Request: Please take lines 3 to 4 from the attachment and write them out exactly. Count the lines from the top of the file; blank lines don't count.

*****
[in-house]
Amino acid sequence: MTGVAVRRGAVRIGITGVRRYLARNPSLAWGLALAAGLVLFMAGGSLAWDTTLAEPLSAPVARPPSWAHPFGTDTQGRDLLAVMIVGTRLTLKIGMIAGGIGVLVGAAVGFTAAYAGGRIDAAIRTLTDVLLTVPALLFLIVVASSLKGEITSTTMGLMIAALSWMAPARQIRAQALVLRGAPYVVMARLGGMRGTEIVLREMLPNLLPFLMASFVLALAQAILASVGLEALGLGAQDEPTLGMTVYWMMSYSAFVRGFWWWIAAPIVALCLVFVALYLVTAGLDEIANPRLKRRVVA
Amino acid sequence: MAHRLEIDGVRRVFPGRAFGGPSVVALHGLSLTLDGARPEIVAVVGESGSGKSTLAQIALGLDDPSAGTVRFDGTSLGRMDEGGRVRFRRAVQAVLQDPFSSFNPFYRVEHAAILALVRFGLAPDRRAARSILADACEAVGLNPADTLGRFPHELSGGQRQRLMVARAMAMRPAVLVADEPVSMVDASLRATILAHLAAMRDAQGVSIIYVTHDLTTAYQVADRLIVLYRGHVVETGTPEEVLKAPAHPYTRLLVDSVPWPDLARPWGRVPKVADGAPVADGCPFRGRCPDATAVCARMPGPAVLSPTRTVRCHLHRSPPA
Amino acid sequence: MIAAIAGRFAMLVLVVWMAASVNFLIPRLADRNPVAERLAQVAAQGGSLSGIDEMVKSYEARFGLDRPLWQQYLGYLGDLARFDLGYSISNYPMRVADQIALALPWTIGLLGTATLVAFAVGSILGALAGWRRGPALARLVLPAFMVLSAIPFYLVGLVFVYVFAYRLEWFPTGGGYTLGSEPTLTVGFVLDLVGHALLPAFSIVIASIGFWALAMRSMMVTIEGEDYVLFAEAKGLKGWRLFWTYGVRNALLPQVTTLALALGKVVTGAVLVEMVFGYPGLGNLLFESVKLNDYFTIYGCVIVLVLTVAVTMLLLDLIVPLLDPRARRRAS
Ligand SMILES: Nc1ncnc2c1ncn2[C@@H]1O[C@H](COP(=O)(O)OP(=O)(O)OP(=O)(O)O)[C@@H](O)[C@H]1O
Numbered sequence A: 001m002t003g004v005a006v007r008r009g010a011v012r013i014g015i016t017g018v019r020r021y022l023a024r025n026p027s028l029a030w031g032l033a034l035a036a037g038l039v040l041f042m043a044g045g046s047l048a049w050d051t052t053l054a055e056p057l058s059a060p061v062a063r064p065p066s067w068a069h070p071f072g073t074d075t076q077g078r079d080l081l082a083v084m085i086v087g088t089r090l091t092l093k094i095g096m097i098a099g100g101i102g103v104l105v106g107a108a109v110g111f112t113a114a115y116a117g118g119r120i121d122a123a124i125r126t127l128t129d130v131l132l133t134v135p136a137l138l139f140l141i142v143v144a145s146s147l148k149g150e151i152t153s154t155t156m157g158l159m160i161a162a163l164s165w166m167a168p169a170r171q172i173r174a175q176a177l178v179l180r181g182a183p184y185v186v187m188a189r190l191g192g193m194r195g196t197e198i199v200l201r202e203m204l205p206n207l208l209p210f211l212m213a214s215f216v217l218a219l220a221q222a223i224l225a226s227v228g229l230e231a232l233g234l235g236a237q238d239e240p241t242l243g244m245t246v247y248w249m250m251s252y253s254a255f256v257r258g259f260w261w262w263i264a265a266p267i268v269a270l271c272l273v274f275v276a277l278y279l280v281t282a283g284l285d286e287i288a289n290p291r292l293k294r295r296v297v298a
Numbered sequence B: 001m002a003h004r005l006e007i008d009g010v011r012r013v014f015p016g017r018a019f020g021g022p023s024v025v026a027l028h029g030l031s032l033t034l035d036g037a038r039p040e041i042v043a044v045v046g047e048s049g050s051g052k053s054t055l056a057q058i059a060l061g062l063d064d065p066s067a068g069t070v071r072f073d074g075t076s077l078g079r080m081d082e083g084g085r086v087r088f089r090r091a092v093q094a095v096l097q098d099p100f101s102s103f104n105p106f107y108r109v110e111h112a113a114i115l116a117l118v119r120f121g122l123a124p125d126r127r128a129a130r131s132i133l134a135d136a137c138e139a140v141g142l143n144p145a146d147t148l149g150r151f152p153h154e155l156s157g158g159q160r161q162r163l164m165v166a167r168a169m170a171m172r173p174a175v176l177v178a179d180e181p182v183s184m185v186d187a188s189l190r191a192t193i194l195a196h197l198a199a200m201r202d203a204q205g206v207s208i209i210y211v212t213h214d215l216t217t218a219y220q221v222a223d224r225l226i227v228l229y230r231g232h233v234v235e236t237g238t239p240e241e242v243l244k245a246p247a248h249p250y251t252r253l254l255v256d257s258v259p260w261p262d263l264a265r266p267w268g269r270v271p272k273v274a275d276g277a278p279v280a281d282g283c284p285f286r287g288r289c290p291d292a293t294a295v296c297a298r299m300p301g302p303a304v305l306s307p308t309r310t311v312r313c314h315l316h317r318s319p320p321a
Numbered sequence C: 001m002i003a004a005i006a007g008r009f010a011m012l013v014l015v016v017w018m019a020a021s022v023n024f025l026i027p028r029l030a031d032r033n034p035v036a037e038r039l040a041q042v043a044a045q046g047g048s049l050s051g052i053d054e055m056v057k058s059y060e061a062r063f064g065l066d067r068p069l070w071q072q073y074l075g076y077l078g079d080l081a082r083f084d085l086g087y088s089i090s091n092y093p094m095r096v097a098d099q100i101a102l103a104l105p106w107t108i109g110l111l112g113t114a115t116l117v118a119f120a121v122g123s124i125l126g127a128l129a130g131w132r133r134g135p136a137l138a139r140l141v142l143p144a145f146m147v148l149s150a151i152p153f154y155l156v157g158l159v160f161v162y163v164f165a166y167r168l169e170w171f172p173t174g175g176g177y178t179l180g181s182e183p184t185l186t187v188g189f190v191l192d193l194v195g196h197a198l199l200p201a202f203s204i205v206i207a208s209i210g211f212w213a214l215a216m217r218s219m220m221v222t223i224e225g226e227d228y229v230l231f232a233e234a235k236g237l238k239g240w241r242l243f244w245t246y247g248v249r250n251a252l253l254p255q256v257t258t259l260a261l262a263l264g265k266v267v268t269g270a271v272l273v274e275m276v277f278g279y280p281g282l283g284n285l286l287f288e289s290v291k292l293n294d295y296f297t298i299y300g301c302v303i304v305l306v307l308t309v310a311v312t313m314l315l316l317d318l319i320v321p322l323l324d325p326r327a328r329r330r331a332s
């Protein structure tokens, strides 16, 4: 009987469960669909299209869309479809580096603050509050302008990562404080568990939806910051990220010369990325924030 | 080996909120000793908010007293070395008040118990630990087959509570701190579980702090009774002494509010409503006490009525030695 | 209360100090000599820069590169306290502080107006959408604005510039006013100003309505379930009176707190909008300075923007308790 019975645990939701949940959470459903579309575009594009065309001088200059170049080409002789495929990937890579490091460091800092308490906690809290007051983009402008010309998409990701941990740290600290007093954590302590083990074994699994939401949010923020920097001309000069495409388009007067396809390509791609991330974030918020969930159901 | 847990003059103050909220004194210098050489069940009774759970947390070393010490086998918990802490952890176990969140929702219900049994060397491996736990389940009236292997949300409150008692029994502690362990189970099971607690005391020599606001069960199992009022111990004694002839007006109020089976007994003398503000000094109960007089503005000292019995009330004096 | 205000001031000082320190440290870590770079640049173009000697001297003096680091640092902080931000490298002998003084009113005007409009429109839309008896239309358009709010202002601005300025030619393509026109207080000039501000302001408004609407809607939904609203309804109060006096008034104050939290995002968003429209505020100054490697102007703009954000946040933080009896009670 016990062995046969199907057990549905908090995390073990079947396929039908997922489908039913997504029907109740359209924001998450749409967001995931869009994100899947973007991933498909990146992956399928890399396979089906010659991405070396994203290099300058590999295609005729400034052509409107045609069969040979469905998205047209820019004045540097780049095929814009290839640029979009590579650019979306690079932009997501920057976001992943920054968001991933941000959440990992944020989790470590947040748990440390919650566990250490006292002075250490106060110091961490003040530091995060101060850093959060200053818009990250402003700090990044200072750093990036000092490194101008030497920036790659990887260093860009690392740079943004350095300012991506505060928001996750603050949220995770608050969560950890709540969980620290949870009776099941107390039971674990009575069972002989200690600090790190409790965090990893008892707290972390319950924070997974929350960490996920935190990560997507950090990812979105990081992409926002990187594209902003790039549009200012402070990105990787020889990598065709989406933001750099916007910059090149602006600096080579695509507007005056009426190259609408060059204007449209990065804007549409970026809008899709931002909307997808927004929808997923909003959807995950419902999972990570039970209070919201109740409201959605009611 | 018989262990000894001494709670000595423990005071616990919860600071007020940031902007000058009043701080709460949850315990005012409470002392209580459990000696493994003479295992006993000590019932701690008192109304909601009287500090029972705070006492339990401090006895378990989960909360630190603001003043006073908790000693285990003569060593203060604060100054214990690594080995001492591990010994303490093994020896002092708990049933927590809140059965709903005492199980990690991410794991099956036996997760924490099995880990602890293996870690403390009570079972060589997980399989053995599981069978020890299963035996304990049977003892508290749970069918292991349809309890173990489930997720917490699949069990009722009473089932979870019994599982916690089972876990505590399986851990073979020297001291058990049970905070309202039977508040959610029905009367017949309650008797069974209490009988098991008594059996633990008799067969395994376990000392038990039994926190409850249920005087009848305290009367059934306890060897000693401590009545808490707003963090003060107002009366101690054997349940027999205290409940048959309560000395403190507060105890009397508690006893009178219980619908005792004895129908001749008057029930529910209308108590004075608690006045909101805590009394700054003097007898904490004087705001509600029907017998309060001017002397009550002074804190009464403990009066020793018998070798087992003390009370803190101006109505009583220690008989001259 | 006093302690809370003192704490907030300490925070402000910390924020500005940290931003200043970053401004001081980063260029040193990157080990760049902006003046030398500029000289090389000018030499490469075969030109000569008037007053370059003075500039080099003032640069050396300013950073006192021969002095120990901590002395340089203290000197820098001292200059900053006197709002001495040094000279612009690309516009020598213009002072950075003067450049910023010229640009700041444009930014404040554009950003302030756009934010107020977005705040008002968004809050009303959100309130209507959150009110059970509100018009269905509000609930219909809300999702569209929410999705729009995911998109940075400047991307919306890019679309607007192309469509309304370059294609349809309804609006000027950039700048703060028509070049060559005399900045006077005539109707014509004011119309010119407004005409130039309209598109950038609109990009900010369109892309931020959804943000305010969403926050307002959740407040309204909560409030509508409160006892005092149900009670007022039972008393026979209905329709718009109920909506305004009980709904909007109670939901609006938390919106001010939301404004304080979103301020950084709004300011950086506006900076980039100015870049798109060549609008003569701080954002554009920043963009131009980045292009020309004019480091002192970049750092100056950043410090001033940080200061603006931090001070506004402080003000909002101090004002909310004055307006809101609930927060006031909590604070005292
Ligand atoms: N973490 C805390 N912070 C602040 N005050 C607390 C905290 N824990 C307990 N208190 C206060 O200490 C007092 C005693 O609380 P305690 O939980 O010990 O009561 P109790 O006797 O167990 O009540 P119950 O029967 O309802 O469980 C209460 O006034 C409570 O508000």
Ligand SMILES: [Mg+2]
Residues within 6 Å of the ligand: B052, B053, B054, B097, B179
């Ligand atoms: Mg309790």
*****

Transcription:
Amino acid sequence: MAHRLEIDGVRRVFPGRAFGGPSVVALHGLSLTLDGARPEIVAVVGESGSGKSTLAQIALGLDDPSAGTVRFDGTSLGRMDEGGRVRFRRAVQAVLQDPFSSFNPFYRVEHAAILALVRFGLAPDRRAARSILADACEAVGLNPADTLGRFPHELSGGQRQRLMVARAMAMRPAVLVADEPVSMVDASLRATILAHLAAMRDAQGVSIIYVTHDLTTAYQVADRLIVLYRGHVVETGTPEEVLKAPAHPYTRLLVDSVPWPDLARPWGRVPKVADGAPVADGCPFRGRCPDATAVCARMPGPAVLSPTRTVRCHLHRSPPA
Amino acid sequence: MIAAIAGRFAMLVLVVWMAASVNFLIPRLADRNPVAERLAQVAAQGGSLSGIDEMVKSYEARFGLDRPLWQQYLGYLGDLARFDLGYSISNYPMRVADQIALALPWTIGLLGTATLVAFAVGSILGALAGWRRGPALARLVLPAFMVLSAIPFYLVGLVFVYVFAYRLEWFPTGGGYTLGSEPTLTVGFVLDLVGHALLPAFSIVIASIGFWALAMRSMMVTIEGEDYVLFAEAKGLKGWRLFWTYGVRNALLPQVTTLALALGKVVTGAVLVEMVFGYPGLGNLLFESVKLNDYFTIYGCVIVLVLTVAVTMLLLDLIVPLLDPRARRRAS